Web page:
Businessmen protest as Upper Hill roads project is delayed

Work in progress in Upper Hill.
Work in progress in Upper Hill. PHOTO/MATTAN CONTRACTORS
For more than 32 months, a 5.4km stretch of road in Nairobi’s Upper Hill area has been dusty and disorderly as construction crew rush to beat a deadline that has been pushed forward at least four times.

The Sh2 billion project, which covers Upper Hill, Elgon, Bunyala, Kilimanjaro and Hospital roads, has not been completed since May 2012 – causing lengthy traffic jams that at times border on the absurd.

State officials had last year told journalists that the project would be completed by November 2014, after missed deadlines of end of May, July 1 and August 27, but that did not happen.

Infrastructure Principal Secretary John Mosonik has, however, absolved the contractor of blame, attributing the delay to challenges associated with the relocation of sewerage, water and electricity to pave the way for the roads.

“We are putting a lot of pressure on the contractor [Mattan Contractors] to deliver by March 31,” he said at a recent press briefing in Nairobi.

Mr Mosonik had earlier attributed the time lag to delays in the release of the second batch of the payment to allow smooth continuation of the project.

The project that was in 2012 awarded to Mattan Contractors, a local firm, stalled mid-2013 reportedly due to insufficient funding from the government, prompting the contract to be rescheduled from May last year to July 1 and later August 27.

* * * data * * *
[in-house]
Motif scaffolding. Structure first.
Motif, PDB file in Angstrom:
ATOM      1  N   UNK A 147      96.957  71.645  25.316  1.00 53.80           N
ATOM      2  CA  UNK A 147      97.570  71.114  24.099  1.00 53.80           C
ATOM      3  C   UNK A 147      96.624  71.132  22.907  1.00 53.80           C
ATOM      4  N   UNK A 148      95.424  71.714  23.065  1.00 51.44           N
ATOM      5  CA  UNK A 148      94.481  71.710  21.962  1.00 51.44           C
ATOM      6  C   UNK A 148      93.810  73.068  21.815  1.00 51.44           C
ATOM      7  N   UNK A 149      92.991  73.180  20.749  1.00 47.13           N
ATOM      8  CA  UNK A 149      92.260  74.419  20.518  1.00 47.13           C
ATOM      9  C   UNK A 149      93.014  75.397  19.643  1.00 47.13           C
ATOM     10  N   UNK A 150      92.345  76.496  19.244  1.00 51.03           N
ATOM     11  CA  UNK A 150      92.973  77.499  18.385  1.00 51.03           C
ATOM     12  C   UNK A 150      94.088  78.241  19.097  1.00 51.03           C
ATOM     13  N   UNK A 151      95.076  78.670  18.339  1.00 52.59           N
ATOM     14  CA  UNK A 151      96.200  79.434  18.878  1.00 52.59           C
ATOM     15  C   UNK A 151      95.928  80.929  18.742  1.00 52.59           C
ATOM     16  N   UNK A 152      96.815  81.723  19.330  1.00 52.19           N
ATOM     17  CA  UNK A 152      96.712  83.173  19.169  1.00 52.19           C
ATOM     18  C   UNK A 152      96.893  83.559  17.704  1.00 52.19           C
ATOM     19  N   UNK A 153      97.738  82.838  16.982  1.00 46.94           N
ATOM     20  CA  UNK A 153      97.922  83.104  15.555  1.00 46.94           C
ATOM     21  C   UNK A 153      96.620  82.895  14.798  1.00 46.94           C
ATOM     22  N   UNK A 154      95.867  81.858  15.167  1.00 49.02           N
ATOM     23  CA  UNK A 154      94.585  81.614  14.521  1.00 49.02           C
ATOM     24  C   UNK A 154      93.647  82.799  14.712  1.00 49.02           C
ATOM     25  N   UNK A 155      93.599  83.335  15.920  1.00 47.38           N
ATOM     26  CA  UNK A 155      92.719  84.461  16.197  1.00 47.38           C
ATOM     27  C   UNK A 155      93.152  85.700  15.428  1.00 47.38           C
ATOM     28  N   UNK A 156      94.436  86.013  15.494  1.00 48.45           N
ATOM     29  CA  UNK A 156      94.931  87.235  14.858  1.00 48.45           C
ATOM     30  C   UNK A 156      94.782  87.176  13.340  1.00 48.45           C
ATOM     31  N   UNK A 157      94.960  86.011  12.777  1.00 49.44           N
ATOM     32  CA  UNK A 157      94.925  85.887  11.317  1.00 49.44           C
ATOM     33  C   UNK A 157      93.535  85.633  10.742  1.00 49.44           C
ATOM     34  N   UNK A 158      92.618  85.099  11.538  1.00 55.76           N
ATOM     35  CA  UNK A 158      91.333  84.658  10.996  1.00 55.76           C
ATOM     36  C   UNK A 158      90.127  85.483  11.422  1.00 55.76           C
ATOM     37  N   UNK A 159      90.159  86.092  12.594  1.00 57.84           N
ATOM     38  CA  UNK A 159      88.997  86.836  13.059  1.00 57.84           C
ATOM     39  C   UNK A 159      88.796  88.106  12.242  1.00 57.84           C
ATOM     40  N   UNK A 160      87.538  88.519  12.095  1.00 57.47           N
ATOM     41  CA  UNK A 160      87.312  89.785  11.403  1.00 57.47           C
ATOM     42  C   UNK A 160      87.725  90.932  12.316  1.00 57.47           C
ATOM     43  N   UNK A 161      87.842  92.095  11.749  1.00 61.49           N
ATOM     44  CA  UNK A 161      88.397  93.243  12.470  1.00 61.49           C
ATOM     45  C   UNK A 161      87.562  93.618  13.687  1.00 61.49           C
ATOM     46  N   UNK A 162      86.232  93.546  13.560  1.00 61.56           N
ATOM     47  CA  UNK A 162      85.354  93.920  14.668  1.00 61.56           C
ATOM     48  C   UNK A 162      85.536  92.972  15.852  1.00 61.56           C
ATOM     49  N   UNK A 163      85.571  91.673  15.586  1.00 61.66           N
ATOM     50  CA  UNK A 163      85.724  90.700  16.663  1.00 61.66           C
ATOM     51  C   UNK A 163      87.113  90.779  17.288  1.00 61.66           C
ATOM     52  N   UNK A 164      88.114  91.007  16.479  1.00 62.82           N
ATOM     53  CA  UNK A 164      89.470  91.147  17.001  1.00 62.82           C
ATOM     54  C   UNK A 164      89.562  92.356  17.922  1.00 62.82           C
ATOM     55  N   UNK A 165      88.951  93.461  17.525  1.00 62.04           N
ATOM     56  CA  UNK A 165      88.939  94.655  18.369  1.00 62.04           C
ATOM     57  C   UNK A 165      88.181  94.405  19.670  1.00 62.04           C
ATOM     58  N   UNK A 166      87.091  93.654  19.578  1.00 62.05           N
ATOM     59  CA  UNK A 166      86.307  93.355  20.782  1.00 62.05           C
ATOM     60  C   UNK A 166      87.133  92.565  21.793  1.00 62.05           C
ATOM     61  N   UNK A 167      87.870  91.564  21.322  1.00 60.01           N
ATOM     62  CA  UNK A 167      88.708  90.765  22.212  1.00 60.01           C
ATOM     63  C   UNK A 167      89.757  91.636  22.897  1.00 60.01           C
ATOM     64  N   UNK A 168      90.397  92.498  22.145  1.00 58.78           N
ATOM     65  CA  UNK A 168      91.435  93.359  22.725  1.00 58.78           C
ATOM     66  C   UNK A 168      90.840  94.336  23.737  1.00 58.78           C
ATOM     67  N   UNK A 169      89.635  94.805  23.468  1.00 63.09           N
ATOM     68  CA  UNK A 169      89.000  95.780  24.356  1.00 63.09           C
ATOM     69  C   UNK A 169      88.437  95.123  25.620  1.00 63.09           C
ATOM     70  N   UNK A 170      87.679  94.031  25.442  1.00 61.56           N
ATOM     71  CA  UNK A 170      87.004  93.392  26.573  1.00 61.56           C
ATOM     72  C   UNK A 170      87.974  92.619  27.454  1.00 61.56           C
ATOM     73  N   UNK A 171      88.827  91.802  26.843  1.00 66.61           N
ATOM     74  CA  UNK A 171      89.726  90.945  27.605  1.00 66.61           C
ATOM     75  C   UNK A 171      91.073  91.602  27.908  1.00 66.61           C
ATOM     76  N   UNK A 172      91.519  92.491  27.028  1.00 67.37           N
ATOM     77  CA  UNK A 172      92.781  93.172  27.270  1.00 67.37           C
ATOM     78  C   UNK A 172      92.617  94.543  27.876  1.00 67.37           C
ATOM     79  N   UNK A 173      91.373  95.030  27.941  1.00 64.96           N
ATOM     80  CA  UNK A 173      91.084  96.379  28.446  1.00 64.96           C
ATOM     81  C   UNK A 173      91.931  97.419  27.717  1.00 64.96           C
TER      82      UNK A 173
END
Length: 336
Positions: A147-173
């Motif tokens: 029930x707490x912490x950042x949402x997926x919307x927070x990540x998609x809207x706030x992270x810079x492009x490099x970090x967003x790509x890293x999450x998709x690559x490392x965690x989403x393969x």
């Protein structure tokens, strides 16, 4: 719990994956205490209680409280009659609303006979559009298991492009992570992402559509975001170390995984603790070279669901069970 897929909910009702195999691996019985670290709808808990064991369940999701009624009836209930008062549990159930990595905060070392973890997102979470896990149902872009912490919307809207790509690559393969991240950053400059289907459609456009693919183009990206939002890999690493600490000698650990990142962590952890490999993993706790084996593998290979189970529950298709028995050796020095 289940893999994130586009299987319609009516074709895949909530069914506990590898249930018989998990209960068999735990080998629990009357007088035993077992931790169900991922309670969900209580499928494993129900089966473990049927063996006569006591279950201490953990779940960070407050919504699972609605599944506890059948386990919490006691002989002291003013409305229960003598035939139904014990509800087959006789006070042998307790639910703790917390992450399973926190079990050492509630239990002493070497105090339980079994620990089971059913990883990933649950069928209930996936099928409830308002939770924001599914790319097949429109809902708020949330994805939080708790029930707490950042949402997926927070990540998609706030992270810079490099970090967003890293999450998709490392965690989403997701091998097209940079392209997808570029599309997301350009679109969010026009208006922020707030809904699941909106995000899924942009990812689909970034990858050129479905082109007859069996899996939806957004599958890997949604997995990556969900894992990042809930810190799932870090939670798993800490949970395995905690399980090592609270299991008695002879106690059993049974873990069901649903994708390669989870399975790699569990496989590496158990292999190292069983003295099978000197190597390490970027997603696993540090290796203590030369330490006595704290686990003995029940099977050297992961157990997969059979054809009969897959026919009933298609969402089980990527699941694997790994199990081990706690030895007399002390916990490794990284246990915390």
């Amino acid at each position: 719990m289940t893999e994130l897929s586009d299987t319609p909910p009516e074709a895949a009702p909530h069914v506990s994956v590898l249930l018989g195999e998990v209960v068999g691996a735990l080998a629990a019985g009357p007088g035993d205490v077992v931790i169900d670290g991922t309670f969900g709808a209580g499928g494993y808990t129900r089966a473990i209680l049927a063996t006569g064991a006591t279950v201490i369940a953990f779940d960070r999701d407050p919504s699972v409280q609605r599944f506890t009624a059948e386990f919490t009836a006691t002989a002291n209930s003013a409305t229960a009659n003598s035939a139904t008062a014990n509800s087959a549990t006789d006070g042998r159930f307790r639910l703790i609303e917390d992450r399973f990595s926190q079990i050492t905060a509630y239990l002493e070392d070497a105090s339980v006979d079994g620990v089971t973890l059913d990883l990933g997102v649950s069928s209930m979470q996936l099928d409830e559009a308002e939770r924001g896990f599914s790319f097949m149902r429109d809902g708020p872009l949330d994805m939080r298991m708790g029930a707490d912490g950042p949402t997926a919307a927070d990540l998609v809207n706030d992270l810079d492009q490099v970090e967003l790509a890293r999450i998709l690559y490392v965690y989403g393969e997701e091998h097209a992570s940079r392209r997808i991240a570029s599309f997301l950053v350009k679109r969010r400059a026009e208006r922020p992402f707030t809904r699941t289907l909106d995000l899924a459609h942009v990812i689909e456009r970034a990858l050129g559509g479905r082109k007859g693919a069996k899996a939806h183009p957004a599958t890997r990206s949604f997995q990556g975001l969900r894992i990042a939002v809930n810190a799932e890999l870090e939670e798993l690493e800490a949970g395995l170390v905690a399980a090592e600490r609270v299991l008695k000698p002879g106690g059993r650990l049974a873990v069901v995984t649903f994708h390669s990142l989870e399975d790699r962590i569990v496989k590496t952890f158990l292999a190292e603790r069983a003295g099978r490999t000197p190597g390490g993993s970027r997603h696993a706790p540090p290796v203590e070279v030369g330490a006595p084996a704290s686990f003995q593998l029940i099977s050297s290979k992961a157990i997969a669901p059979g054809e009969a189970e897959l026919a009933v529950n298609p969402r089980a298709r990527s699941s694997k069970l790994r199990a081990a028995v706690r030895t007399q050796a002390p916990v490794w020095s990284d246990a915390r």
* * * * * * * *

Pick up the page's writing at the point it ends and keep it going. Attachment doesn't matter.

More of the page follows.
The government has since paid the contractor in full for the completion of the project, said Mr Mosonik without disclosing whether there were cost overruns due to the delays.

The 5.4km stretch is the first phase of a planned 18km road network in Upper Hill.

Businesses already hit by the slow pace of the roads upgrade have called the delay “farcical”.

One businessman says he has already lost “tens of millions” in trade due to the poor state of the roads.

He said: “I’m not surprised at the delay, given how we’ve seen work progressing, but I’m very disappointed because they assured us it would be completed by August 2014.”

The Upper Hill District Association has raised concerns over the delays saying the roads have been rendered near impassable, especially on rainy days.

The lobby says its members have been shouldering extra costs in man-hours wasted due to traffic jams on the narrow, dusty roads.

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